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FOOD HELP GETS HEALTHIER

Amid rising obesity, WIC adds more fruits and vegetables.

Facing an epidemic of childhood obesity, a government nutrition program is serving up healthier options tomillions of babies and children from low-income families. On the menu: more fruits and vegetables, whole grains and low-fat milk.

These are among the sweeping changes coming next month to the Special Supplemental Nutrition Program for Women, Infants and Children, known as WIC. Nearly half of all children born in the United States participate.

Recipients in Florida can shop for specific food items at authorized grocery stores, a package that costs on average $62 per month. It is designed to improve children's nutrition during a critical period of development.

In making the first major nutritional update to WIC in nearly three decades, the government sought guidance from experts at the prestigious Institute of Medicine. The WIC changes may prove a model for a similar review of the school lunch and breakfast program, for which recommendations are expected next month.

Both efforts reflect a push to retool in light of new knowledge about food science, as well as the increasing menace of obesity.

"Childhood obesity is the common denominator," said Dr. Jennifer Miller, an assistant professor of pediatric endocrinology at the University of Florida. "It used to be under-nutrition, which is why these programs were started, and now it's over-nutrition."

The federally funded WIC program was developed in the 1970s, when health experts worried about children who were malnourished and deficient in key nutrients, such as iron, calcium and vitamins A and C.

Today, concerns center less on the need for calories and more on the lack of fruits and vegetables in the diets of many Americans. Before the overhaul, WIC's fruit and vegetable allowance was limited to a bag of carrots - and just for breastfeeding women.

Several moms at a WIC office in Tampa said Friday they're looking forward to the changes. Melanie Nuscis, 28, of Tampa, who has 4-year-old twins, was especially pleased about the addition of soy milk. "That's all we ever drink," she said. Her husband is diabetic, and as a nursing student, she has seen research that soy milk is better for children if diabetes runs in the family.

Yvonne Cliver, 23, who has a 3-year-old, a 2-year-old and a 3-week-old, likes the fact that the new plan will give her more of what her family needs, and less of what it doesn't.

Her children "eat vegetables like you wouldn't believe," she said. Under the old plan, "I was getting 16 gallons of milk a month - it was too much."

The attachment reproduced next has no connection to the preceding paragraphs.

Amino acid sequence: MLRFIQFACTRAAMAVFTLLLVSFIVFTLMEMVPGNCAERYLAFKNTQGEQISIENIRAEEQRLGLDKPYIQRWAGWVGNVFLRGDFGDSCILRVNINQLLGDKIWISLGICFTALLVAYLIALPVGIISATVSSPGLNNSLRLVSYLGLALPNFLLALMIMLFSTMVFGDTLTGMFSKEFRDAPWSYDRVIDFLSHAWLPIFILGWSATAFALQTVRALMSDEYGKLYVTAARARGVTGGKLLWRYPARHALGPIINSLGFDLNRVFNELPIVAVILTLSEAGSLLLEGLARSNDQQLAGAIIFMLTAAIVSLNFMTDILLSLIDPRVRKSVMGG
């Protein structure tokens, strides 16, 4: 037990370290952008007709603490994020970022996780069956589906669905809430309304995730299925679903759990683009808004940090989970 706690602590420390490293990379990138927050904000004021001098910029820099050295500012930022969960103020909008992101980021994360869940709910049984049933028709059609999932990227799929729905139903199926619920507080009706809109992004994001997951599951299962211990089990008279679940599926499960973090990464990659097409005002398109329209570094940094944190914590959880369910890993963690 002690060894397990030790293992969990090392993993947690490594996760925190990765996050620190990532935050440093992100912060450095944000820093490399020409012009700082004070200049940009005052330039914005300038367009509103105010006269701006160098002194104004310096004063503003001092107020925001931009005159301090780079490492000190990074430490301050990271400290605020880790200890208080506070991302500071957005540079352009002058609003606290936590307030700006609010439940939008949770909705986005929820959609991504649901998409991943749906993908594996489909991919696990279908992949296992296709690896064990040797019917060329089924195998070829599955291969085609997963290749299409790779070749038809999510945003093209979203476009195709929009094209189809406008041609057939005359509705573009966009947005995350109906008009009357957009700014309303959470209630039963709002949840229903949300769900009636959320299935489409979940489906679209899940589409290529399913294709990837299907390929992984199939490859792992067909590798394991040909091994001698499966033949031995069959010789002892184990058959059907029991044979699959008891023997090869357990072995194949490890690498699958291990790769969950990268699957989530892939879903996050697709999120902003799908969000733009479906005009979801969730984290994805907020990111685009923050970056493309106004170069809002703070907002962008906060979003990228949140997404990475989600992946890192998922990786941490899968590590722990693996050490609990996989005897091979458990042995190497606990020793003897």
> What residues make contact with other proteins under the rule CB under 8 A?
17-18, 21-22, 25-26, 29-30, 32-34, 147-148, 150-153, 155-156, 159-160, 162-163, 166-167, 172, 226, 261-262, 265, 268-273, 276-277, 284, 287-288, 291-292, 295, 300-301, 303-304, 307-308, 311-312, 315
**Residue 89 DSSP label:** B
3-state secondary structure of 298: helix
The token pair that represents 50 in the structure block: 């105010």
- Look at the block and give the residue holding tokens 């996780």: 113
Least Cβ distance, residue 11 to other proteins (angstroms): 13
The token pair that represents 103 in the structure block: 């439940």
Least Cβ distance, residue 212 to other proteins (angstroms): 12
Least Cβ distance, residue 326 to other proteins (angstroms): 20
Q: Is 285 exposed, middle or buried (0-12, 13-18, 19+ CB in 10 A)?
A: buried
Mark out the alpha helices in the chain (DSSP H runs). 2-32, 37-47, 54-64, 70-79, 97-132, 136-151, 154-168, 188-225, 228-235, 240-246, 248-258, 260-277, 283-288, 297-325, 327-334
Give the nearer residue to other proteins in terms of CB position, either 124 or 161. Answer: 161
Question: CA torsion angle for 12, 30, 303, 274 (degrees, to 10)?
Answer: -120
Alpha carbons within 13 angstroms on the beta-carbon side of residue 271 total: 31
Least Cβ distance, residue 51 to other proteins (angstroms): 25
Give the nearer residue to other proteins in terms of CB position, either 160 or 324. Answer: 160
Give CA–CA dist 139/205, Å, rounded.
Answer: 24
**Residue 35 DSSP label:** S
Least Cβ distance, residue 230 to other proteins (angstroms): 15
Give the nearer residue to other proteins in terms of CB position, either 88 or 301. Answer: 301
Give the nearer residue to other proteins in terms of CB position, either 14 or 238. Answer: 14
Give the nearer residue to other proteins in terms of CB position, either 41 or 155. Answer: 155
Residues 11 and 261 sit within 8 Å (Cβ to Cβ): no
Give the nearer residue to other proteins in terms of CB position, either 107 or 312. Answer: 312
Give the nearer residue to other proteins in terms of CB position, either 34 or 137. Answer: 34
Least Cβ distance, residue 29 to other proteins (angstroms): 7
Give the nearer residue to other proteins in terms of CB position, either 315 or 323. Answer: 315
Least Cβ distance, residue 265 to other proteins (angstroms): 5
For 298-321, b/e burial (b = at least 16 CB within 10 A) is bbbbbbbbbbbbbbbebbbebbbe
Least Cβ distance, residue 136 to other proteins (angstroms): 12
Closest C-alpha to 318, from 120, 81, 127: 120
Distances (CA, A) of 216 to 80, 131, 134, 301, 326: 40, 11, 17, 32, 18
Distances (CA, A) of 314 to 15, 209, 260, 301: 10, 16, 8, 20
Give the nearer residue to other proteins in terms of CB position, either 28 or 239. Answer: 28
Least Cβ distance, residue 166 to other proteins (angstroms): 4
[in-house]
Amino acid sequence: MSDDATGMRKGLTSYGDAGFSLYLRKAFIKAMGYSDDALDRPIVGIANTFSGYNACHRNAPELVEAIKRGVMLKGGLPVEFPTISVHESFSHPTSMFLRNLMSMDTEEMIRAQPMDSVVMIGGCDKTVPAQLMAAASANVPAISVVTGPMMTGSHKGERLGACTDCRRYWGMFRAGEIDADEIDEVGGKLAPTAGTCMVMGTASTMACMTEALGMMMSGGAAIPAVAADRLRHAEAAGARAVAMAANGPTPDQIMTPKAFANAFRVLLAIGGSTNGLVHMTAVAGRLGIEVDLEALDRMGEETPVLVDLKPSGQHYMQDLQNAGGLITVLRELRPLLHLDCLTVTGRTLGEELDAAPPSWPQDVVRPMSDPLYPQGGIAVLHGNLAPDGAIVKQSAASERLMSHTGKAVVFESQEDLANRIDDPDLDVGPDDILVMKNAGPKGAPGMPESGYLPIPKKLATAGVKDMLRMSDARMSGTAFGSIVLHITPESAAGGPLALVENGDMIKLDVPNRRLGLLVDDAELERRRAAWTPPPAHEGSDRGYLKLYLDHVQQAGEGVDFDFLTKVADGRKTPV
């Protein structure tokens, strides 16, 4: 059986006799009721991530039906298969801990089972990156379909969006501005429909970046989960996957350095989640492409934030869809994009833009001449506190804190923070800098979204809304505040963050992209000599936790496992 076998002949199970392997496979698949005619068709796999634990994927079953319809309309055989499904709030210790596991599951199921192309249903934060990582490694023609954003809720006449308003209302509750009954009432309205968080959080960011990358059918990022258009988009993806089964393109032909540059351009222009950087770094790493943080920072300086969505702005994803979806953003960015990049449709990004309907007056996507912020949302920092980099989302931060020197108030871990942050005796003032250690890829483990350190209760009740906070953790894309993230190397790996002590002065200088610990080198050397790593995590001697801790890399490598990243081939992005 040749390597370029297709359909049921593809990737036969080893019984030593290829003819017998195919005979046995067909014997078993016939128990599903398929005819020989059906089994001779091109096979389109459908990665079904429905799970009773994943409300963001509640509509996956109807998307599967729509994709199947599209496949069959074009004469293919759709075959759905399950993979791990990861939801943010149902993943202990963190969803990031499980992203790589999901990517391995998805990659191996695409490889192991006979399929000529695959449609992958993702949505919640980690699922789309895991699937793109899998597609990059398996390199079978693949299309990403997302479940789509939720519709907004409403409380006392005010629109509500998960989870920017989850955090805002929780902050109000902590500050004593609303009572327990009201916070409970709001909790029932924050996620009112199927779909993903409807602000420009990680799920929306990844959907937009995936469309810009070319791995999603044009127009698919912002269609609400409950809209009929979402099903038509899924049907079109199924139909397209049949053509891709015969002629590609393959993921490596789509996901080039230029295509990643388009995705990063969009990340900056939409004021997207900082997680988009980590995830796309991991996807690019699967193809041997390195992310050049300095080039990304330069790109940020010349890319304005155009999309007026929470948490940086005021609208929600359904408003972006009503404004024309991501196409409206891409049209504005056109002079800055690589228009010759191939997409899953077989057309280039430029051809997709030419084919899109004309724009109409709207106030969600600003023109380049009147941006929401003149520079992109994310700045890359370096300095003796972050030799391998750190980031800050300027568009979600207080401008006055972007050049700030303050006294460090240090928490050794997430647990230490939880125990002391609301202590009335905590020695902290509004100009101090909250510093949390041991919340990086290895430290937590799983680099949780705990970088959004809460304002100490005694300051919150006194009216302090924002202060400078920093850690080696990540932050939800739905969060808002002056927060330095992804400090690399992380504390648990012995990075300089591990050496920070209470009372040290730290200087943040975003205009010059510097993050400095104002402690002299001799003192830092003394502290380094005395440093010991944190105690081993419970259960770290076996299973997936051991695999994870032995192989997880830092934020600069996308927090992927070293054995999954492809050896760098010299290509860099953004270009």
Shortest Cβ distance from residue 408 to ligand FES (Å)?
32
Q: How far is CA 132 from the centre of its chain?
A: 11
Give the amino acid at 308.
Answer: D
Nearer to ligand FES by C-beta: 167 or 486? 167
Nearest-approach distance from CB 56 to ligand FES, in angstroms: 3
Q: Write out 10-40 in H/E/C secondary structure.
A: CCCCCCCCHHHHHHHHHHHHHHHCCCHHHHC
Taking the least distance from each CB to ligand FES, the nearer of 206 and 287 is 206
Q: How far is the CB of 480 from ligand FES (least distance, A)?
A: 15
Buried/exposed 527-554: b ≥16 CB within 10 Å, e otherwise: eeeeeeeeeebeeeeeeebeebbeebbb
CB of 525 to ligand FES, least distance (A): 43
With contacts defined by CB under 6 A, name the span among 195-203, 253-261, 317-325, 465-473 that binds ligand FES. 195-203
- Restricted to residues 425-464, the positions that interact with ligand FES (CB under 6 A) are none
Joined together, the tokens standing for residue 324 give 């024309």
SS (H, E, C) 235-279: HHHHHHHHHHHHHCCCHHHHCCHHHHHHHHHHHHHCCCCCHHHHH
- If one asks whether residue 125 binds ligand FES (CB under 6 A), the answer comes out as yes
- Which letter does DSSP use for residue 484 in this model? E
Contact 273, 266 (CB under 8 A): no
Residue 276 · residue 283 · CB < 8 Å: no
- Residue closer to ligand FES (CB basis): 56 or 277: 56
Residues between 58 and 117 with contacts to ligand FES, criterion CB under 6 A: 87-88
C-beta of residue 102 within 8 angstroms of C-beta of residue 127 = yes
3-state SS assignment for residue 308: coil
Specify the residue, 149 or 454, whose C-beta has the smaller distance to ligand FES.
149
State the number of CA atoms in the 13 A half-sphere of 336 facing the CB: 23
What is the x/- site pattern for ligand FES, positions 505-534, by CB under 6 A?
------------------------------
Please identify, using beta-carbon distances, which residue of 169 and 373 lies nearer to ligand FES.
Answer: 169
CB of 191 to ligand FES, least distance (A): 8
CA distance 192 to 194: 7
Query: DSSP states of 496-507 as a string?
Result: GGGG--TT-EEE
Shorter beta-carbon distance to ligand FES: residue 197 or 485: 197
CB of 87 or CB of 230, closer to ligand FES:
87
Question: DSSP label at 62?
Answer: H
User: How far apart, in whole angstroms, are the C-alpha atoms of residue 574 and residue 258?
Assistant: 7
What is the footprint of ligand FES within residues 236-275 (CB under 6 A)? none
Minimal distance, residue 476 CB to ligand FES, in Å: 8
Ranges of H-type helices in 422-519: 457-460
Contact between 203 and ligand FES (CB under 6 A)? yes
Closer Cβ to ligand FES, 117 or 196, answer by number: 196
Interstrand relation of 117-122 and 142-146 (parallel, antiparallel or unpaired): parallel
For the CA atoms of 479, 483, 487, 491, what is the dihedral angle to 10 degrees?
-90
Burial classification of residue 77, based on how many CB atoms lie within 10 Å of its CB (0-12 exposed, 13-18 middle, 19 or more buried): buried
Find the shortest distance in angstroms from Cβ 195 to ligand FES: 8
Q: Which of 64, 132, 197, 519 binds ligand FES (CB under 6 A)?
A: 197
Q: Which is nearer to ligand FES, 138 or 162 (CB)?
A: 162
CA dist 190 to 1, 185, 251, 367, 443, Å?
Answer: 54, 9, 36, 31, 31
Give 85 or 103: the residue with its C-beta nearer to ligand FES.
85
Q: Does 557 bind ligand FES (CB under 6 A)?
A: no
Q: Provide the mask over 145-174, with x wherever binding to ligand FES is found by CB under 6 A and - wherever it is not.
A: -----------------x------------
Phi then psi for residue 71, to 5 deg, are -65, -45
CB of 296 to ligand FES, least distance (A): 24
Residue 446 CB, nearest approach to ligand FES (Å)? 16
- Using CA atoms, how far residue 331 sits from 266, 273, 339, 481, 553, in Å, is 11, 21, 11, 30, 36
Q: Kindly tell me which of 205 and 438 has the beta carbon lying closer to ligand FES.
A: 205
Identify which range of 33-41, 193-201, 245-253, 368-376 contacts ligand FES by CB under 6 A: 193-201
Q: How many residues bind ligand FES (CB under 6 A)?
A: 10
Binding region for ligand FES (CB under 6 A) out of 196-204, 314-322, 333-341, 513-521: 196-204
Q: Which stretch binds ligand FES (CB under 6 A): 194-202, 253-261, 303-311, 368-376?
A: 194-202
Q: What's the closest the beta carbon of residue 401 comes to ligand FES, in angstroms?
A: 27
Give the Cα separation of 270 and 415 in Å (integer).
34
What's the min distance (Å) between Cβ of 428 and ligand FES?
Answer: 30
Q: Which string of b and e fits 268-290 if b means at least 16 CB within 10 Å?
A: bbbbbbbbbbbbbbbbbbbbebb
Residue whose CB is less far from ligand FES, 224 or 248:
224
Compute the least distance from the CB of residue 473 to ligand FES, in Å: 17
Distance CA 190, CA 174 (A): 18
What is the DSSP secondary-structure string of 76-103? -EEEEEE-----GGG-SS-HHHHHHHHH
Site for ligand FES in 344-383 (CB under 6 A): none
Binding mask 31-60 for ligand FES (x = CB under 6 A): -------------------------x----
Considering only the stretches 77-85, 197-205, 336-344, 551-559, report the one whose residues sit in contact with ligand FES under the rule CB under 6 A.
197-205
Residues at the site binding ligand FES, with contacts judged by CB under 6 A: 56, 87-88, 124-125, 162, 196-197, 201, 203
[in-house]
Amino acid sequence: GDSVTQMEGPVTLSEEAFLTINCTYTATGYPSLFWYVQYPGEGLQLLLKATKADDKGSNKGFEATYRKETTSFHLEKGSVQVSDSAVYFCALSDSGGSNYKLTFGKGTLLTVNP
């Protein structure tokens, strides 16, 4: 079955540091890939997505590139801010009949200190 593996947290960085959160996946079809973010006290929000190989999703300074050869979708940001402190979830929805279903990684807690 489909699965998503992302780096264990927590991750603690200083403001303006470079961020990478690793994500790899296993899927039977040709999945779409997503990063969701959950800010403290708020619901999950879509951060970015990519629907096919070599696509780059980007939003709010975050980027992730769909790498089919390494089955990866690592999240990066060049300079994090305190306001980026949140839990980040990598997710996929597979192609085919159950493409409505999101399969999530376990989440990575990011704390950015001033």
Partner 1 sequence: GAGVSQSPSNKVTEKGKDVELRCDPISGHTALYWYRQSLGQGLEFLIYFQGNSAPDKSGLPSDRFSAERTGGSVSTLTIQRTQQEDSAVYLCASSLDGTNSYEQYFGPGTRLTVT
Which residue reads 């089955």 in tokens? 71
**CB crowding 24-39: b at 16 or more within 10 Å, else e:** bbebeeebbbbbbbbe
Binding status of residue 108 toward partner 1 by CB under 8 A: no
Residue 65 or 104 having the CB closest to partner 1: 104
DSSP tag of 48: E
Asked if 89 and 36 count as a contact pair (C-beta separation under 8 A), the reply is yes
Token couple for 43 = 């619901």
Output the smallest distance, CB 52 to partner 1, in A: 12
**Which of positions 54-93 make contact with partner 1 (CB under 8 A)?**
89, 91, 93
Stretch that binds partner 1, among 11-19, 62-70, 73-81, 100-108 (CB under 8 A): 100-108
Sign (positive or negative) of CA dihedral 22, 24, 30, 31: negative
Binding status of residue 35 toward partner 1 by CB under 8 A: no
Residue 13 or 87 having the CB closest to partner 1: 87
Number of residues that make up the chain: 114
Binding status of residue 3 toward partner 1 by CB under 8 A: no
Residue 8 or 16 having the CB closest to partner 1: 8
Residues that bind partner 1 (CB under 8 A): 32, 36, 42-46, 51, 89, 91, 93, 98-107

The changes, effective Oct. 1, shouldn't make the program more expensive to taxpayers, since the program in Florida will offer more of certain foods and less of others. Some highlights:

- Adding fresh, frozen or canned fruits and vegetables.

- Adding 100 percent whole wheat bread, brown rice or corn tortillas.

- Adding soy milk, and for cow's milk, emphasizing 1 percent low-fat or fat-free milk for women and children over age 2.

- Reducing eggs, cheese and juice; eliminating juice for infants.

- Reducing the allocation of baby formula for partially breastfed infants.

Another incentive to breastfeed: More food is provided for breastfeeding women, who have greater caloric needs. Florida WIC director Debbie Eibeck noted that the new package is consistent with the American Academy of Pediatrics infant feeding recommendations.

"What we're trying to do is change the foods that are offered by WIC to reinforce some of our key new food messages," Eibeck said. "Eat more fruits and vegetables. Decrease saturated fat and cholesterol intake. Increase your grains and fiber."

She stressed the effort to appeal to a more diverse population with corn tortillas, soy milk and canned beans. (Previously, only dried beans were offered.)

WIC serves pregnant, breastfeeding or postpartum women, infants and children up to age 5. In Florida, a family of four with a monthly income of $3,400 before taxes and deductions could qualify. Recipients must be residents, and a health professional needs to determine that they're at risk for poor nutrition.

WIC aims to make a long-term difference. Nutrition education is provided, and WIC works closely with health care providers, helping to screen, for example, for childhood immunizations.

"Now for the first time in a long time, the supplemental food package and the nutrient education that WIC provides will be congruent," said Gail Harrison, a professor at the UCLA School of Public Health who served on the Institute of Medicine committee that recommended the changes.

She stressed the importance of developing healthy habits and eating right during critical years.

"We know that the period from conception through the first few years of life are most important from a nutritional standpoint," she said. "That's where malnutrition does the most damage and good nutrition does the most benefit."

Times photojournalist Kathleen Flynn contributed to this report. Letitia Stein can be reached at lstein@sptimes.com or (813) 226-3322. For more health news, visit www.tampabay.com/health.

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FAST FACTS

New foods in WIC program

The WIC program is changing Oct. 1. Some highlights:

What's in: Vegetables and fruits; baby food - vegetables, fruits, meats; canned beans; soy milk; canned salmon; whole grains - 100% whole wheat bread, brown rice or corn tortillas

What's out: Juice for infants; tomato juice; blended juices

What's reduced: Amount of formula for partially breast-fed infants; eggs; milk; juice for women and children; cheese

Online: Learn more at www.floridawic.org.

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